John is published through World Library Publications and his music is also available through Christian Booksellers, iTunes, and several other digital music stores.

Join in an evening of music and coversation with John about faith, music, liturgy, and living a Catholic life of purpose and mission.

Vino & Vespers are interactive evenings that feature prominent Catholics talking about how they live their faith through the real events of contemporary life. Young adults over 21 and those very much over-21 are especially invited.


Vino & Vespers
Wednesday, April 22, 2009, 7:30 pm

Casa Maria Conference Center
200 Prospect Avenue, Los Gatos, 95030
$10 suggested free will donation

Please RSVP with Bernard Nemis or 408-983-0126.

Driving Directions to Casa Maria Conference Center from Downtown San Jose:


  • 280 N toward San Francisco

  • HWY 17 S toward Santa Cruz

  • Exit HWY 9 (Los Gatos-Saratoga Road). Get into left lane immediately.

  • LEFT at the first stoplight which is University Avenue.

  • Take University to the end where it forms a T with Main Street. LEFT on Main Street.

  • Go to the first stoplight which is College Avenue and turn RIGHT (there’s a sign for “Novitiate” on the corner of College and Main).

  • Go one block to the top of the street and turn RIGHT at Villa Avenue (follow the signs for “Novitiate”).

  • Go 0.6 miles up the hill. When you see the Jesuit Novitiate and Winery on your right, turn LEFT onto Prospect Avenue.

  • Go 0.1 miles and turn LEFT at the sign for "Sisters of the Holy Names Main Entrance." Parking will be in the lot on your left. The Chapel entrance is in the building to your right.


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Wednesday, March 25, 2009

Eucharist Matters: Hosts from the Tabernacle at Mass

tabernacle at Blessed Sacrament Cathedral in SacramentoThis article by Diana Macalintal first appeared in The Valley Catholic, March 2009 issue.

Six years ago, Bishop Patrick J. McGrath, asked our diocese to examine its Communion practices at Mass. He asked parishes to ensure that:
  1. Communion from the cup be made available to all the faithful at every Sunday and feast day Mass;
  2. hosts from the tabernacle are not used at Mass—that is, except in cases of dire need, the Eucharistic bread that is shared by the faithful will be the same Eucharistic bread that is consecrated at that Mass; and
  3. the assembly take a unified posture during the Eucharistic Prayer as well as remain standing and singing during the Communion procession.

Over the years, there has been significant improvement throughout the diocese in these norms, which have been directives of the Church since 1969. Because of the good work of ordained and lay ministers charged with preparing the Mass and the efforts of the faithful, almost all of our parishes now offer the Precious Blood at all Sunday and feast day Masses and a majority of assemblies remain standing throughout Communion. This has resulted in a deepened understanding of the sacrificial and communal aspects of Communion.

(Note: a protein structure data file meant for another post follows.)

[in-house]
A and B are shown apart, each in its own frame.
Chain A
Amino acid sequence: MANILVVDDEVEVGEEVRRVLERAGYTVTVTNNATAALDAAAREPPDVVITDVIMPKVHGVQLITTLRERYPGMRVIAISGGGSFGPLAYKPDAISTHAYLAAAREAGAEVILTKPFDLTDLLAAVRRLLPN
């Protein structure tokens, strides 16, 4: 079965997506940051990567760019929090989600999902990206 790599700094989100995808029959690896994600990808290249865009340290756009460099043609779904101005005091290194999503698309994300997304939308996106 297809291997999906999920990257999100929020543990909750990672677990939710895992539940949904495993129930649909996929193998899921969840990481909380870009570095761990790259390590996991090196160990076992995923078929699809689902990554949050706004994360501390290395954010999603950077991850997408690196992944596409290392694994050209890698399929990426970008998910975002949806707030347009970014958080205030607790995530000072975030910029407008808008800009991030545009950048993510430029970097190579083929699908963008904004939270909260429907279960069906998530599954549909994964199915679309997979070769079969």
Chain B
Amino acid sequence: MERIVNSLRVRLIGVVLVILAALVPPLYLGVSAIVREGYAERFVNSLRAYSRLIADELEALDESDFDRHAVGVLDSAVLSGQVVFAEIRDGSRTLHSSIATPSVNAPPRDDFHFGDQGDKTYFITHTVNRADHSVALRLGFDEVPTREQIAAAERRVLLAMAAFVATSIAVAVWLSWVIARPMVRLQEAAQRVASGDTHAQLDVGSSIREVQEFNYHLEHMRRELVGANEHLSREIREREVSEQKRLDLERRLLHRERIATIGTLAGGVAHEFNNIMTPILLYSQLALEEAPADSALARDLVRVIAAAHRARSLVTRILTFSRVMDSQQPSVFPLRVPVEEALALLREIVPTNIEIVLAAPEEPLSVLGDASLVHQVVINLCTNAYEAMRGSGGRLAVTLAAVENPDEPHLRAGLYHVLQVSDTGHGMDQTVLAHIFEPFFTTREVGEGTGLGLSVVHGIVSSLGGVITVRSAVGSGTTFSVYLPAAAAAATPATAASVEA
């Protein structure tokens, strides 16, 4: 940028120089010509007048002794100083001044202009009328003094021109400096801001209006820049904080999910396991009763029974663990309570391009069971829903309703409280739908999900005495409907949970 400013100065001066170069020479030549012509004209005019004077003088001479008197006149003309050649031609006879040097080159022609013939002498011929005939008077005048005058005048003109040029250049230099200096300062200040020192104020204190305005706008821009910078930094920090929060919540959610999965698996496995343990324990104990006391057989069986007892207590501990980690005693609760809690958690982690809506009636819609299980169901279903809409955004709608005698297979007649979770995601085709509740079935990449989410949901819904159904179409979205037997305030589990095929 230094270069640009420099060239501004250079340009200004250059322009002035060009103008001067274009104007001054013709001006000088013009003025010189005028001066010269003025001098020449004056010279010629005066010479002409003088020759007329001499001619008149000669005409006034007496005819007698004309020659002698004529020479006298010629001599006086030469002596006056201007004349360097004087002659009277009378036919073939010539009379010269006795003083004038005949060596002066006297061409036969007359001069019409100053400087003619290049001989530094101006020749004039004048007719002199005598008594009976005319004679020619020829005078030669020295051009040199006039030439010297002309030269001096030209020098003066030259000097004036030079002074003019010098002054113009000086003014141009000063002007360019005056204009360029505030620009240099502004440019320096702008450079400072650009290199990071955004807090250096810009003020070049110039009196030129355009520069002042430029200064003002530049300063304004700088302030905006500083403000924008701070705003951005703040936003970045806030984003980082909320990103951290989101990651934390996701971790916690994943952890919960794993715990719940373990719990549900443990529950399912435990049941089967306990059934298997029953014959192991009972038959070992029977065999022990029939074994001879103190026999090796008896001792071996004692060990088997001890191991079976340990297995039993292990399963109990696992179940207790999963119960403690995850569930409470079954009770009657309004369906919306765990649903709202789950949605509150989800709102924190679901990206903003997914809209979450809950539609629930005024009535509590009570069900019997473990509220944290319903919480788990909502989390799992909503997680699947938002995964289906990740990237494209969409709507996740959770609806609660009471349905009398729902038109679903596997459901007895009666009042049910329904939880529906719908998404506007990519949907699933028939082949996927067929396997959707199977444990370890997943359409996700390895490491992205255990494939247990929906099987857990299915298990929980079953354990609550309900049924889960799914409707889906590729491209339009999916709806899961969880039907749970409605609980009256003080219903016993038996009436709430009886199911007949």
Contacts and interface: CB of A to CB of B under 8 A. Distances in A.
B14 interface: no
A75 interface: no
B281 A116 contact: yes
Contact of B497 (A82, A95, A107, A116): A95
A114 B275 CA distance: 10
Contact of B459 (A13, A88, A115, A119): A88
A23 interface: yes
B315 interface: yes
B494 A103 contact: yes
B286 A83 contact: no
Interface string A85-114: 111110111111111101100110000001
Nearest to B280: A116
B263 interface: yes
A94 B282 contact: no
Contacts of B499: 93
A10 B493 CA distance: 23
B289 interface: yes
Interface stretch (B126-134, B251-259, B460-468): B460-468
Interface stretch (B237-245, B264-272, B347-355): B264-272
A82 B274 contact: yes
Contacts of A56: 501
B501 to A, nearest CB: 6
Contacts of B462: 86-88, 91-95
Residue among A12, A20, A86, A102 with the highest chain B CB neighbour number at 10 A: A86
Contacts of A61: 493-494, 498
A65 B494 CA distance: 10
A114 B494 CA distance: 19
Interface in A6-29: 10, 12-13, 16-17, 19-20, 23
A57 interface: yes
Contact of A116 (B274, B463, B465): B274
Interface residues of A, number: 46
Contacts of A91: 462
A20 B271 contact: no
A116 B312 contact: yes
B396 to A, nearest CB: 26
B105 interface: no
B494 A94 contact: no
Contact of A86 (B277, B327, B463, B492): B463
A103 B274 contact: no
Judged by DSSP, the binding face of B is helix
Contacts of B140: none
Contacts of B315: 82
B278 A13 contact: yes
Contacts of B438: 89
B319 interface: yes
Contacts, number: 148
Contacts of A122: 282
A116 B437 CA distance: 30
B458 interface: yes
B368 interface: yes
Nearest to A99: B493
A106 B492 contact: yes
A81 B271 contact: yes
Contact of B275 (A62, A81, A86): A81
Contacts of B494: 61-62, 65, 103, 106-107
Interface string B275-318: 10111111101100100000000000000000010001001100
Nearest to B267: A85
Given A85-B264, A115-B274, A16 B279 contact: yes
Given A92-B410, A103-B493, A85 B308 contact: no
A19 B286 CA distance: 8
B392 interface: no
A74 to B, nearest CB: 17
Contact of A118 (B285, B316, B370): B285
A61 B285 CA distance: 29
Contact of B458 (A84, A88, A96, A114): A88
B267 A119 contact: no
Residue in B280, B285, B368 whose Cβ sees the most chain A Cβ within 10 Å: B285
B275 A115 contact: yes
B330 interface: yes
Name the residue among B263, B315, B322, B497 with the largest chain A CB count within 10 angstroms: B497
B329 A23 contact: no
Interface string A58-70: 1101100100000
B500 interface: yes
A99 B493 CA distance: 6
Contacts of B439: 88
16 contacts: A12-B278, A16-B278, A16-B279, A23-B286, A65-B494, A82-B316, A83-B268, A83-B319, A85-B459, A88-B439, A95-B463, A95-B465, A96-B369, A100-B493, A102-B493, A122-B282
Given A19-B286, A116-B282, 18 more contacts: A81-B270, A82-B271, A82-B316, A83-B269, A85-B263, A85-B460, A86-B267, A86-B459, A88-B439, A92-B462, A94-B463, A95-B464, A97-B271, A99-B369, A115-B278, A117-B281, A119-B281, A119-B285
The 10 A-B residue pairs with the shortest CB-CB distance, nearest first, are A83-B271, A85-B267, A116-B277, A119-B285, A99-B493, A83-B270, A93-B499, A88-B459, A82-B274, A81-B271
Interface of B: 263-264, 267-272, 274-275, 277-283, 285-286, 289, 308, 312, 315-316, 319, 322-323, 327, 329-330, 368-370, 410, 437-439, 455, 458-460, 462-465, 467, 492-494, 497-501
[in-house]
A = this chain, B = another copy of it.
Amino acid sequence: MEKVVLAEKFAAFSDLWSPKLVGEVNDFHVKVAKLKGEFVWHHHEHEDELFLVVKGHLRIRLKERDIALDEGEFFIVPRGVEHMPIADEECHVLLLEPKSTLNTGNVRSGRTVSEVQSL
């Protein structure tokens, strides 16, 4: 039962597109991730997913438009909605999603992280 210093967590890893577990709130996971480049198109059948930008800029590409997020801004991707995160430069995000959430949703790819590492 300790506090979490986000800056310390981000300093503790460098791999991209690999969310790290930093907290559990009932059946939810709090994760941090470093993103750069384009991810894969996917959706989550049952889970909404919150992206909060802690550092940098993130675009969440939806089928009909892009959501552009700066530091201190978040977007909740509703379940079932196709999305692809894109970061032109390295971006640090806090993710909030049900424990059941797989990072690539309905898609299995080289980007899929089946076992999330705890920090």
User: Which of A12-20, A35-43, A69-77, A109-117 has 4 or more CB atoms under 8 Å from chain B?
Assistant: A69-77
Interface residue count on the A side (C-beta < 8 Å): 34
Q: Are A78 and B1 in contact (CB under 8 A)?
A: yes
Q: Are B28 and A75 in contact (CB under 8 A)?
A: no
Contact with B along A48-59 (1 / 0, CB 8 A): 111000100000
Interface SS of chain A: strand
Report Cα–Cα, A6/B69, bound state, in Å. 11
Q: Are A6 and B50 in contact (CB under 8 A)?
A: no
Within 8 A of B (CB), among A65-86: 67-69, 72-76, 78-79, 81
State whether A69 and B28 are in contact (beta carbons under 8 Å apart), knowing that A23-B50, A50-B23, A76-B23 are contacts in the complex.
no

Over the next year, we will examine these norms and other elements of the Mass. We begin with the second norm—avoiding distributing hosts from the tabernacle at Mass.

What’s the difference?

Now, aren’t the hosts in the tabernacle the same Body of Christ as those received from the altar? Yes. Consecrated hosts not consumed at Mass are reserved in the tabernacle.

So why make a fuss? Because the difference is not in the consecrated elements but in the action that happens before we share those elements.

The Mass is made up of the Liturgy of the Word, in which we hear the Scriptures and respond to them through the homily and intercessions, and the Liturgy of the Eucharist. This second section is not simply when we share Communion. First, we must bring to the altar the bread and wine to be consecrated and our offering for the poor. In this simple presentation of gifts, we see one way the Eucharist is a sacrifice. We imitate Jesus, who gave his very life for others, by giving ourselves through the sacrifice of the earth and the work of our hands, that formed wheat into bread, grape into wine, and labor into care for those in need.

Sacrifice of praise

Next we unite with the priest who speaks the Eucharistic Prayer in the name of the community. The General Instruction of the Roman Missal (GIRM), the document that directs the Mass, says that the “meaning of the Prayer is that the entire congregation of the faithful should join itself with Christ in confessing the great deeds of God and in the offering of Sacrifice” (78).

The culmination of Christ’s sacrifice of praise is our sharing in his Body and Blood. Thus, in the same way that Christ’s sacrifice of his very body is preceded by a life lived as an offering of praise to the Father, so too do we precede Communion with the sacrifice of our lives and our offering of praise to God. Through the Eucharistic Prayer, the bread and wine we place on the altar is intimately connected to the Body and Blood of Christ we receive from that same altar. This is why GIRM, 85, says, “[i]t is most desirable that the faithful, just as the priest himself is bound to do, receive the Lord's Body from hosts consecrated at the same Mass…so that even by means of the signs Communion will stand out more clearly as a participation in the sacrifice actually being celebrated.”